It desperately needs reform: three of the US’s 10 largest companies are excluded, and it is calculated by averaging share prices, a daft approach better suited to the days of slide rules. This video explains – charts after the break show how the Dow has performed, and discuss how investors should respond:
As predicted, there is more to say about the London housing market. It is widely known that the buying pressure on prime London properties is coming from overseas. The eurozone crisis and the creation of fortunes by the commodities boom have helped push lots of money into the nicer neighbourhoods of central and west London.
But I had not previously grasped that foreign demand was also driving segments of the market below the true “prime” postcodes, and that that foreign demand is not primarily European or Middle Eastern but rather from Hong Kong, Singapore and Malaysia. That is the strong message from this extraordinary chart from Jones Lang LaSalle, shared by Ed Hammond, our property correspondent, in the latest Note video: Read more
Judging by the response to my Monday column, a lot of people are interested in central London property. As that has been followed by news that a London house is on sale with an asking price of more than £100m, in Hampstead, it’s easy to see why. One of many requests was for more granular data.
Thankfully, I can oblige. London, obviously, cannot and should not be treated as one market. In particular, “prime” central London, because of its appeal to international buyers, seems to follow very different dynamics from the rest of the capital. That appeal varies according to area. The following chart, provided by Hometrack, plots every Greater London broad postcode on two scales – their performance since the overall market first peaked five years ago, and their actual price. Read more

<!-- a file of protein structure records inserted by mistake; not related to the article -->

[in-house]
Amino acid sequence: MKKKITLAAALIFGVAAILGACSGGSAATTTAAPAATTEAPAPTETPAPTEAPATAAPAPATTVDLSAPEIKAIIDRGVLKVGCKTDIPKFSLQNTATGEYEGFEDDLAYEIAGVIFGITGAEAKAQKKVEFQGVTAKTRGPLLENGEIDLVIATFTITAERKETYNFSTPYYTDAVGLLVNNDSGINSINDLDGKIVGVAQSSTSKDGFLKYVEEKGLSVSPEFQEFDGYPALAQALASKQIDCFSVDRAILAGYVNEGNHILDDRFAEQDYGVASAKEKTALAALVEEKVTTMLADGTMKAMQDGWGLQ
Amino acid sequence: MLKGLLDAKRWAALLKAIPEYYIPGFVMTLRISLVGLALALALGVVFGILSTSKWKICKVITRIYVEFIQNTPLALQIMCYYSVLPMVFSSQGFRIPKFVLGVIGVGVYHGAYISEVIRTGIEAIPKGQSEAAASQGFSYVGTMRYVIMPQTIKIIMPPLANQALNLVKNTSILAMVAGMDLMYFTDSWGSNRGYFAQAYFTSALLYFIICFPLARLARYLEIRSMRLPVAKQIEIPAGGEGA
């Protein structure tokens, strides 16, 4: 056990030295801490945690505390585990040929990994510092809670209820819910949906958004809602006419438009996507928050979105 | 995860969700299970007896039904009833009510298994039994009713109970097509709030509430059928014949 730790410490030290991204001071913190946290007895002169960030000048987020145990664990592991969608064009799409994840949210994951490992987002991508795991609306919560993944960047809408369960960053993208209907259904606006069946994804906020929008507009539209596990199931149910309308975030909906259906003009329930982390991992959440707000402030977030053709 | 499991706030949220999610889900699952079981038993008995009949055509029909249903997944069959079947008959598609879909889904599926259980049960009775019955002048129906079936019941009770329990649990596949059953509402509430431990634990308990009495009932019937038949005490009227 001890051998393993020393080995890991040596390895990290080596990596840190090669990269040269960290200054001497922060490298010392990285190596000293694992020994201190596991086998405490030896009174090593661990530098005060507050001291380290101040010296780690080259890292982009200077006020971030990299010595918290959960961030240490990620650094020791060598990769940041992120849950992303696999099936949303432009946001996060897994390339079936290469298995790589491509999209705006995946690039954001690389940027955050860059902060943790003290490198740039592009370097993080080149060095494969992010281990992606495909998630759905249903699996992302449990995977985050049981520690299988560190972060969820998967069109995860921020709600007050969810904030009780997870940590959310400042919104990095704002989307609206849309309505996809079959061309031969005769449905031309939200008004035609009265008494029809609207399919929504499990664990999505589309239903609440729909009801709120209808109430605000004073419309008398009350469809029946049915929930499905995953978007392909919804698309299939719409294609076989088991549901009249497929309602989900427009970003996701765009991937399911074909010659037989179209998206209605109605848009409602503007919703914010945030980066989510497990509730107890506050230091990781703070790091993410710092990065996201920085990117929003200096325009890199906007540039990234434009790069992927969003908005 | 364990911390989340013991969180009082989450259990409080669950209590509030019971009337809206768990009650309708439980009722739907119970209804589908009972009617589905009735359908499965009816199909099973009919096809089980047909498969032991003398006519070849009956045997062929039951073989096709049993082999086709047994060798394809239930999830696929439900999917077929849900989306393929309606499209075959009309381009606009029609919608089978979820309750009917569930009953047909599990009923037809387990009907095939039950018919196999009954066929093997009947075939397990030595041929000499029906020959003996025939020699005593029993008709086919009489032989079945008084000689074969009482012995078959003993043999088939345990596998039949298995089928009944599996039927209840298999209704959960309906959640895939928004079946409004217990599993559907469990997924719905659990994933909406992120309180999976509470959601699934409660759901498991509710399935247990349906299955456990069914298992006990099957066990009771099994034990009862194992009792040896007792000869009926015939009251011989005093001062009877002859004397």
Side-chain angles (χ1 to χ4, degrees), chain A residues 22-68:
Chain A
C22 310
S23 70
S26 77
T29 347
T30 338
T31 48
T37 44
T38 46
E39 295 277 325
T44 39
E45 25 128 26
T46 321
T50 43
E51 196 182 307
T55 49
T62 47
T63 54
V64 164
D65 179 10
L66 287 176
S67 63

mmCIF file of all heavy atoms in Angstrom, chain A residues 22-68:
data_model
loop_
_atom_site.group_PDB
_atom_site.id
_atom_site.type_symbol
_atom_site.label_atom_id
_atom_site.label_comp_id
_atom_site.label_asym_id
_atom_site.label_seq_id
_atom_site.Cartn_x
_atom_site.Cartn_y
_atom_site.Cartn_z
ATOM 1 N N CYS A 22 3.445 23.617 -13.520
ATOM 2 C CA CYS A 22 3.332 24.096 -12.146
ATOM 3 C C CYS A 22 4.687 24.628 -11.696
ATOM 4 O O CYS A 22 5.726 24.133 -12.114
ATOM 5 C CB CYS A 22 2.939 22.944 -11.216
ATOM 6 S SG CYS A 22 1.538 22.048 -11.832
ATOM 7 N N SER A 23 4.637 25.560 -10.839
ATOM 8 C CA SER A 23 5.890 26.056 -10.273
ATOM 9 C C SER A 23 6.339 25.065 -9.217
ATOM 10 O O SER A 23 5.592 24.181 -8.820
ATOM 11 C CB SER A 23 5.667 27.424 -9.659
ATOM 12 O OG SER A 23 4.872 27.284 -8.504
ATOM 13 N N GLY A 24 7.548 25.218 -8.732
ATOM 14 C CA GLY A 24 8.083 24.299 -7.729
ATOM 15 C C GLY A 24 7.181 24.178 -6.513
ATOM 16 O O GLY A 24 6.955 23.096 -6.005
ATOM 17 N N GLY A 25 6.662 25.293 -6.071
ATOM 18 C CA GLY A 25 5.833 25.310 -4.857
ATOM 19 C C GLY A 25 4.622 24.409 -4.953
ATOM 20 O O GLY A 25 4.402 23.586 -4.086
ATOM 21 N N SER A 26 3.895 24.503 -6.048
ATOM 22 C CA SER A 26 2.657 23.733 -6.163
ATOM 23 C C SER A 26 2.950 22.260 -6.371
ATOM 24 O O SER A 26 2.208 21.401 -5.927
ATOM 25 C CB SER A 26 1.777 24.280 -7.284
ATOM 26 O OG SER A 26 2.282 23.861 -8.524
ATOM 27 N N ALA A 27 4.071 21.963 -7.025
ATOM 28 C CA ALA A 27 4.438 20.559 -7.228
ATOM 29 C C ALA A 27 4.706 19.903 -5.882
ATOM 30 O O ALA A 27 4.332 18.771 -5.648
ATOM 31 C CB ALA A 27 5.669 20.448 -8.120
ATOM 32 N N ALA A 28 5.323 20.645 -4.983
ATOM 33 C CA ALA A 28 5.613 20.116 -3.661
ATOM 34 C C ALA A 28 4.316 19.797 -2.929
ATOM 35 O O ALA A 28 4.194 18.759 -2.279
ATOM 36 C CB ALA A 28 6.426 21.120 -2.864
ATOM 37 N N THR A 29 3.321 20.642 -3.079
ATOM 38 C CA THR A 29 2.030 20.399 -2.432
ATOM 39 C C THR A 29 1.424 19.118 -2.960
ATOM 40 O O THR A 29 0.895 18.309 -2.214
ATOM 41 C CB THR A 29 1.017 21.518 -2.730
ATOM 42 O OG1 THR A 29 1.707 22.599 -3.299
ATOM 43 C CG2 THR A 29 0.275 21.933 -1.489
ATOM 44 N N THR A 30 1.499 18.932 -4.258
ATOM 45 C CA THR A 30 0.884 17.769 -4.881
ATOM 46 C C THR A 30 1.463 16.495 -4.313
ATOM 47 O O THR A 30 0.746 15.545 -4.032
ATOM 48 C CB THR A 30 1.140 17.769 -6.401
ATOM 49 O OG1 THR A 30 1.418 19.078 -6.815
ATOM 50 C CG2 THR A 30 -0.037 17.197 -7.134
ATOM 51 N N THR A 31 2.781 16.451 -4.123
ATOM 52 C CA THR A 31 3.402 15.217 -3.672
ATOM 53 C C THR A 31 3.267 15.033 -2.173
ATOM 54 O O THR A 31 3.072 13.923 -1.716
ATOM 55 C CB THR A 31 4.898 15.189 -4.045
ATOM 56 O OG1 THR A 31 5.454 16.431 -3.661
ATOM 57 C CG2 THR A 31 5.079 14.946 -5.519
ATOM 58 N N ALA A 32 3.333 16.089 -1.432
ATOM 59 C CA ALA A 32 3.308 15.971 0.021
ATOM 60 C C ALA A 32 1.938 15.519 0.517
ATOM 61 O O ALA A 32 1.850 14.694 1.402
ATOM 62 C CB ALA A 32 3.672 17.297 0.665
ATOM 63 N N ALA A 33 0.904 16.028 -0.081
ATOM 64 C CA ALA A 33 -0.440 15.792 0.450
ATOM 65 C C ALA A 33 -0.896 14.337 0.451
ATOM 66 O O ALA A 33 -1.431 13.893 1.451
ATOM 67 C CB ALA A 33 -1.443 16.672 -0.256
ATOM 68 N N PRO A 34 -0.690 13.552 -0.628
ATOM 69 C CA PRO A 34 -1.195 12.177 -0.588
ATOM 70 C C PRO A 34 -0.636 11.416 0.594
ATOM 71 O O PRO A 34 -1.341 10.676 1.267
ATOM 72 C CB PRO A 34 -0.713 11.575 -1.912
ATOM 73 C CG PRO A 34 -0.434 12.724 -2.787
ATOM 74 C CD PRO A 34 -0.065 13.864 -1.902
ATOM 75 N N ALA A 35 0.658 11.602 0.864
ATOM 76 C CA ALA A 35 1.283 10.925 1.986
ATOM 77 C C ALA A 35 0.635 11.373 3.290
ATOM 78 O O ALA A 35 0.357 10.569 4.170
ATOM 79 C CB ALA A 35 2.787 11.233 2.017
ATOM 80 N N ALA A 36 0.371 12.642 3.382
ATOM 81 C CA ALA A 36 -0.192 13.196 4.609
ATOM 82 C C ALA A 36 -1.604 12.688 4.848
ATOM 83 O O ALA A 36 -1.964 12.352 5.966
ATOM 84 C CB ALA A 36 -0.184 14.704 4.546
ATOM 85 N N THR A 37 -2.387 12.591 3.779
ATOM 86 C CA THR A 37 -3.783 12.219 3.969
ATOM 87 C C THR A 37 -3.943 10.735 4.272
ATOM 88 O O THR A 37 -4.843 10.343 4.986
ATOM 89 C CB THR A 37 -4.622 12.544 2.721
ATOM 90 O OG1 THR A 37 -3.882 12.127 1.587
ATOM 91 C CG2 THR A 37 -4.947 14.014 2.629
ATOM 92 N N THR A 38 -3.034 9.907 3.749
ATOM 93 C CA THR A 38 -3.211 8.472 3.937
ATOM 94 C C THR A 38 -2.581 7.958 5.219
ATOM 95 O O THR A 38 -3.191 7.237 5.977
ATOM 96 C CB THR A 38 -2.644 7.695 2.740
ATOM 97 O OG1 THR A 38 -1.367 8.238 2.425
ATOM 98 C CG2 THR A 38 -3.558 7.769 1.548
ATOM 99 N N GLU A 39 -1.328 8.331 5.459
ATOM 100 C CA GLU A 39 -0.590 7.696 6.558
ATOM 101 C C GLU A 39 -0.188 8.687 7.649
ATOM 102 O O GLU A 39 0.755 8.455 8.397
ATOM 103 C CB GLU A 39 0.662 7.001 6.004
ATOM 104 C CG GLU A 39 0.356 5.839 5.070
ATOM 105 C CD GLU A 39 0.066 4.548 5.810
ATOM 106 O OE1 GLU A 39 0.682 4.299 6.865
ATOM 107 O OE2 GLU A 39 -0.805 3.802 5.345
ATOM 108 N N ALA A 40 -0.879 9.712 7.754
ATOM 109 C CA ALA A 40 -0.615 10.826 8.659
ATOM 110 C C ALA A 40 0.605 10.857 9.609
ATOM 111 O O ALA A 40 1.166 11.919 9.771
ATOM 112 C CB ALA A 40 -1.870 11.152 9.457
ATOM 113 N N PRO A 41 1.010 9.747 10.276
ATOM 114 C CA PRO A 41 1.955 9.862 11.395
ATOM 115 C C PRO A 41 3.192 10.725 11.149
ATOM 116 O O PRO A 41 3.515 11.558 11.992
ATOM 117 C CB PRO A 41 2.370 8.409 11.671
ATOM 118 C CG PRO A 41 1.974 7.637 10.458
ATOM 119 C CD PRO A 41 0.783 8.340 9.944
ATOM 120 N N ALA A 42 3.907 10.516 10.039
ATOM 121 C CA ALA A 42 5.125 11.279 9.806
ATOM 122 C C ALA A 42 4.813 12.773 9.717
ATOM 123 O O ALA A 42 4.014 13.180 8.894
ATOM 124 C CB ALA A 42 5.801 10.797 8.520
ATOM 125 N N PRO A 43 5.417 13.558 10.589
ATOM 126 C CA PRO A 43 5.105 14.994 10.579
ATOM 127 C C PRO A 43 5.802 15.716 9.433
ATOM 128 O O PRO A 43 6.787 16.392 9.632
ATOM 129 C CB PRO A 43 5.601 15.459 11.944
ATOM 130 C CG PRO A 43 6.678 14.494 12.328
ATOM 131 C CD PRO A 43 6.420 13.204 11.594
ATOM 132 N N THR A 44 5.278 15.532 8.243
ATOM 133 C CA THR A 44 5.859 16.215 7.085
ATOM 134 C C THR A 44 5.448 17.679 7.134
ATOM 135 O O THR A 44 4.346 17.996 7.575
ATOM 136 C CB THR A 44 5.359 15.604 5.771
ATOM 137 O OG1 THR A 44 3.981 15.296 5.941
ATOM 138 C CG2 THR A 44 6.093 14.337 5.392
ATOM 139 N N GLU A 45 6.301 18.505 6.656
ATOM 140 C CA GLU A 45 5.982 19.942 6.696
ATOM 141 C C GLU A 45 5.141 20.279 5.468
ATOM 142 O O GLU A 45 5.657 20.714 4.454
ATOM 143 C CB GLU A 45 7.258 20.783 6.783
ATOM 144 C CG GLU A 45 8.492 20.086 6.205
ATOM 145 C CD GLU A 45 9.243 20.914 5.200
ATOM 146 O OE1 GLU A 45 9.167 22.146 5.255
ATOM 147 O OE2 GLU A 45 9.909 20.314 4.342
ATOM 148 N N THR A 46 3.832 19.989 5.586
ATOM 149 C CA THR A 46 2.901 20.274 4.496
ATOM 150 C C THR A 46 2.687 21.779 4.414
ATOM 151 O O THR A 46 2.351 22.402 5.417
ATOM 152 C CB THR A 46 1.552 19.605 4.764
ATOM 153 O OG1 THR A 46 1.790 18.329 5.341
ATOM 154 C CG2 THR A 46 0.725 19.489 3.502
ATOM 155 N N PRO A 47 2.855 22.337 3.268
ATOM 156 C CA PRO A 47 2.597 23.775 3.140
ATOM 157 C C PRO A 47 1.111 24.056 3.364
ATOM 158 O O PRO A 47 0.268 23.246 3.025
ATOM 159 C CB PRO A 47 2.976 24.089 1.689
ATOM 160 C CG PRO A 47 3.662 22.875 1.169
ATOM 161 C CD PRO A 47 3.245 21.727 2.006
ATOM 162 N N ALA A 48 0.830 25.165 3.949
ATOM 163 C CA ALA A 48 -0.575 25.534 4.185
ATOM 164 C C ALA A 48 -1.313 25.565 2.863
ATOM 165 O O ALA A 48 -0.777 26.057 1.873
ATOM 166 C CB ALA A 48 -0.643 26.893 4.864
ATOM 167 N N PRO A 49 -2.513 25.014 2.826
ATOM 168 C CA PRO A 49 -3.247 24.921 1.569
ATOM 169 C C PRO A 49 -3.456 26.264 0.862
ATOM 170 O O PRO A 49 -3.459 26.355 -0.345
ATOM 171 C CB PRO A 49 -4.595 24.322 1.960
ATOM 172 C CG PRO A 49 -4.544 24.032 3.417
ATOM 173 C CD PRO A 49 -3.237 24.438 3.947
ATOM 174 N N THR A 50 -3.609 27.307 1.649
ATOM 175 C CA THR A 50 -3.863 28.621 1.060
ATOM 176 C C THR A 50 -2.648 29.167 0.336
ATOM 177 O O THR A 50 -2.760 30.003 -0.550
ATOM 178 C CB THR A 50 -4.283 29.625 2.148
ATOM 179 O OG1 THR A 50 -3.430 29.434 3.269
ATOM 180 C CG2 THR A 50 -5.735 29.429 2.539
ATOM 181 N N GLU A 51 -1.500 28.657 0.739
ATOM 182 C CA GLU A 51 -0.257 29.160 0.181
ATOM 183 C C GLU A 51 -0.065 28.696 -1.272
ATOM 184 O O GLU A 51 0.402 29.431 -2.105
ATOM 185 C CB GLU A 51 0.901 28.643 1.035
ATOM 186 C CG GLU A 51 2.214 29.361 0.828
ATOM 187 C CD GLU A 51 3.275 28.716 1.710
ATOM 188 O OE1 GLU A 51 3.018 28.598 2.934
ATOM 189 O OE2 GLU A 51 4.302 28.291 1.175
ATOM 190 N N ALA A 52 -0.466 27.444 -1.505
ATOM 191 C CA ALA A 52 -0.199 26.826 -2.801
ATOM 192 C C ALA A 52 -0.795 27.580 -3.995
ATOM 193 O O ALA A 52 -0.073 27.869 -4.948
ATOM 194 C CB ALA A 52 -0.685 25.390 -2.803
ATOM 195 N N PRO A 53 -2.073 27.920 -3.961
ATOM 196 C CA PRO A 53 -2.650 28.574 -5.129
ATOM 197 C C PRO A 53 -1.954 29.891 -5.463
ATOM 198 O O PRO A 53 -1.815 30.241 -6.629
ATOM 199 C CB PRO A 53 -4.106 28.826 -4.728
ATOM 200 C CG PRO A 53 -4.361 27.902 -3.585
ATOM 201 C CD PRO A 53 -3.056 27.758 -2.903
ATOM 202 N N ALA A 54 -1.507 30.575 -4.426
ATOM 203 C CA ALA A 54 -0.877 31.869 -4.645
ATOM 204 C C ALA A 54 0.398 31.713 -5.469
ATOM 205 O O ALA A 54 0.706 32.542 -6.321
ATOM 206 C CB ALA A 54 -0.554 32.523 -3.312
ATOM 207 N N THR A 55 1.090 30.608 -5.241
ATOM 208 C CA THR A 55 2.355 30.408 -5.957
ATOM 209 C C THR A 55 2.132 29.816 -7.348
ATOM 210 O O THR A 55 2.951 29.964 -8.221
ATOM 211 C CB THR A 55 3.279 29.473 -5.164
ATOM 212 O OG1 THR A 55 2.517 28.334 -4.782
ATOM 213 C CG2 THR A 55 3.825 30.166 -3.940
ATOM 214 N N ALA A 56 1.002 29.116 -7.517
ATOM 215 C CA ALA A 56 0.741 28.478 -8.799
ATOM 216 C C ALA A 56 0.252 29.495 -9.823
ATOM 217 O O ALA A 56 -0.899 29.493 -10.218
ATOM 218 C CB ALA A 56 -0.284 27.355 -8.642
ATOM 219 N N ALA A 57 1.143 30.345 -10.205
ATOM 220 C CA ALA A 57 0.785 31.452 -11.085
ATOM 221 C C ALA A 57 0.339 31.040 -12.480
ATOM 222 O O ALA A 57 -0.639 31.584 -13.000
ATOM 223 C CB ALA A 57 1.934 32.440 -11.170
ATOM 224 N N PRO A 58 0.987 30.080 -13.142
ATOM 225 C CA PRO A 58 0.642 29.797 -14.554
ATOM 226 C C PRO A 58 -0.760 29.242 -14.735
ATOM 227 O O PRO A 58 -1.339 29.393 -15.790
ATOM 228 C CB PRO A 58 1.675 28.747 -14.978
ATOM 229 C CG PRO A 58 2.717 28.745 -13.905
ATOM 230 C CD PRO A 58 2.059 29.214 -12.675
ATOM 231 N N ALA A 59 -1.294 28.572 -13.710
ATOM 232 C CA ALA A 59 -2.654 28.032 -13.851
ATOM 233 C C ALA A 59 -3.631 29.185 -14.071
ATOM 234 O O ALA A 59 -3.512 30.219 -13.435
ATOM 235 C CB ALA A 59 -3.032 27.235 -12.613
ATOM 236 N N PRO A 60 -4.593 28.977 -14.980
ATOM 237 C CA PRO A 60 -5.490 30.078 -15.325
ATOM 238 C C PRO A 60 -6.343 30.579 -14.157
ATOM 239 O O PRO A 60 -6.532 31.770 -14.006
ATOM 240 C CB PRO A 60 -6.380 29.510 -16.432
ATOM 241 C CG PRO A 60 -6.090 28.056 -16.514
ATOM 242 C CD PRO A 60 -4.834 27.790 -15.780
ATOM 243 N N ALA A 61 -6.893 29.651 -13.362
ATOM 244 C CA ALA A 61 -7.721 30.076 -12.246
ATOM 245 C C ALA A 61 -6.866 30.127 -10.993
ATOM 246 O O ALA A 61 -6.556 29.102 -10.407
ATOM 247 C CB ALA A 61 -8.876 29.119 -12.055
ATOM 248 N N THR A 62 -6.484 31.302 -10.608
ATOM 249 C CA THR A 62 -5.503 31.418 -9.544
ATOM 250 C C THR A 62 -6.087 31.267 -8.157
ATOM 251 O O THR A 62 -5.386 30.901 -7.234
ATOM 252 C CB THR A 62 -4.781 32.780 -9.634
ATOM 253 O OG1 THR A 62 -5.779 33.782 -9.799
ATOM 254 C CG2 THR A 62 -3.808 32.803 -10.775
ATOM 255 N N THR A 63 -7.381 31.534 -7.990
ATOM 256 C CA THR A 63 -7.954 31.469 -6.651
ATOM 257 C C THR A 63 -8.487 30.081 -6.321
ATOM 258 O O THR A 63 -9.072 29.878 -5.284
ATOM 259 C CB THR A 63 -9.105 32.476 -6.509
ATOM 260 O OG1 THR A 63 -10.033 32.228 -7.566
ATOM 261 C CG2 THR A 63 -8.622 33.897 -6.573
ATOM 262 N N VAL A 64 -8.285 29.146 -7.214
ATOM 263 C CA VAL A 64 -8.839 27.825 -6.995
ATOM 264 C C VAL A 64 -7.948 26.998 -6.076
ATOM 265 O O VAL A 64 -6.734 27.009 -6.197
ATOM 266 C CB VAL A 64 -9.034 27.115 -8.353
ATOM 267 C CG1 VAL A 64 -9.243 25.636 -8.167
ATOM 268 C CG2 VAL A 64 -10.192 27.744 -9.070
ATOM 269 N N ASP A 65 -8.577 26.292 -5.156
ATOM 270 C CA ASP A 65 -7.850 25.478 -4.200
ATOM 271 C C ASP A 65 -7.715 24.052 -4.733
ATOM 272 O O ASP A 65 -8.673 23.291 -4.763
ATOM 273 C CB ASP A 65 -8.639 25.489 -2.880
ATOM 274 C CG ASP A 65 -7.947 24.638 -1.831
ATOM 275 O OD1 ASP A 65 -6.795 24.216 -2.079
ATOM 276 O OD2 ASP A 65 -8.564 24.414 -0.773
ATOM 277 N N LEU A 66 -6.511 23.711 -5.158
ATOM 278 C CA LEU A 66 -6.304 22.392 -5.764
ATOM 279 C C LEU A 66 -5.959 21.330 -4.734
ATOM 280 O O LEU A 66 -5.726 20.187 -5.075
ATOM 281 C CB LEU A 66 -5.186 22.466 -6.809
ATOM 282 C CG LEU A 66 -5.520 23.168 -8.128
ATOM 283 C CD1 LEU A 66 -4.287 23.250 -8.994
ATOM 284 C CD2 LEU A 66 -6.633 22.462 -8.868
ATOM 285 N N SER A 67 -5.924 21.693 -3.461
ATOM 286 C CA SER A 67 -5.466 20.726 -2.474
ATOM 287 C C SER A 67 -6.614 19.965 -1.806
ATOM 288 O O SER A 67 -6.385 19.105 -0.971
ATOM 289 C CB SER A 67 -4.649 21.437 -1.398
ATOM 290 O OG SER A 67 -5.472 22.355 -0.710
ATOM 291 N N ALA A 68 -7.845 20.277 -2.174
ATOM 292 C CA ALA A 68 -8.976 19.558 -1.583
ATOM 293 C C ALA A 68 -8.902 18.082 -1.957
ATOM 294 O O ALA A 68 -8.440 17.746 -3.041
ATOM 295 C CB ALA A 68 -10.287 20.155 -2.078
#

Marc Chandler of Brown Brothers Harriman is always interesting. His take on the QE3 debate, ahead of the FOMC’s next decision, might startle many in the US: the US economy is in an enviable position – why is there any need for dramatic new exceptional measures?
Evidently many Americans do not feel as though they are much to be envied, and unemployment has dragged on at levels that are politically unacceptable. But America’s post-Lehman economic trajectory, with the recovery looking ever more firmly founded, should certainly be the envy of western Europe and Japan. Read more
Whether it likes it or not, the Federal Reserve has been pulled into the political thickets. The demand is for it to “do something”. Whatever it does at its meeting this week will have political ramifications, and you do not need to belong to the Ron Paul faction to question whether further QE of any kind is necessary at this stage.
As James Mackintosh pointed out in the Short View, inflation expectations and asset prices are both rising now, rather than falling as they were before QE1 and QE2. This Fed has a philosophical aversion to deflation, but there appears to be no imminent danger of that. Read more
The most profitable way to be wrong over the past five years was to bet that frantic printing of money by central banks would create inflation – so buy gold. Since the start of 2007 gold has risen at an annualised 19 per cent, a tasty return, particularly when compared to equities.
Yet, there’s been no sign of consumer price inflation, even as the US Federal Reserve explicitly targets asset price inflation (Fed jargon calls this the “portfolio channel” for monetary transmission of quantitative easing; in English that translates as rigging the market). Read more
Mario Draghi has at the very least pulled off a great coup of expectations management. On Thursday he said exactly what everyone expected him to say. Markets had already rallied in hope for more than a month ahead of his announcement. This might usually be the cue for a sell-off, but instead the euro held steady, while peripheral bond and stock markets went to the races.
Spain’s 10-year yield is now below 6 per cent, while the buying opportunity when this risk-on wave started now looks to have been immense. Spanish shares (as measured by the Ibex) are up by a third in the two months, while Eurozone bank stocks (as measured by the FTSE Eurofirst index) have gained more than 50 per cent. I discussed all of this with Jamie Chisholm in the first of the new series of Authers’ Notes:
The larger questions are whether this can continue, and if there is any way to time the risk-on and risk-off waves. Read more